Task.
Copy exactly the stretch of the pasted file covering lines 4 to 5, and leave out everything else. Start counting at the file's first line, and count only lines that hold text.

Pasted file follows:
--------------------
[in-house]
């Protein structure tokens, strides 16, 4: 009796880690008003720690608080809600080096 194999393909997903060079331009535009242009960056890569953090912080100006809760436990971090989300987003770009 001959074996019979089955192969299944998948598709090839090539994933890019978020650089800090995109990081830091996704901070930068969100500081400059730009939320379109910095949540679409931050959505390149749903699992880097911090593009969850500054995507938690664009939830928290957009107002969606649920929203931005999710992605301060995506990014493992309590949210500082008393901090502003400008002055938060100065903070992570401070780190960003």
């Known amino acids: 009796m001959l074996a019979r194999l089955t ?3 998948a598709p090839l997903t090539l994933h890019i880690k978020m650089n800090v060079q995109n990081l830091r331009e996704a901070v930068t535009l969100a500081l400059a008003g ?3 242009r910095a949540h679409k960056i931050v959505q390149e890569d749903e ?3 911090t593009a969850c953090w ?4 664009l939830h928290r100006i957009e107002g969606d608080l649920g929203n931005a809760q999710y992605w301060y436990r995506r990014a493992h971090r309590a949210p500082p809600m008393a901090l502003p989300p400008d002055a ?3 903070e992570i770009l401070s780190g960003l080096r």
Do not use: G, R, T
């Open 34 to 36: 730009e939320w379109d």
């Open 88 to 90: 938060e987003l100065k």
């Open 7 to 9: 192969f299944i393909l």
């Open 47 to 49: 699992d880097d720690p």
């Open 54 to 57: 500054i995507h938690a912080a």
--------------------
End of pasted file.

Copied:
Do not use: G, R, T
């Open 34 to 36: 730009e939320w379109d």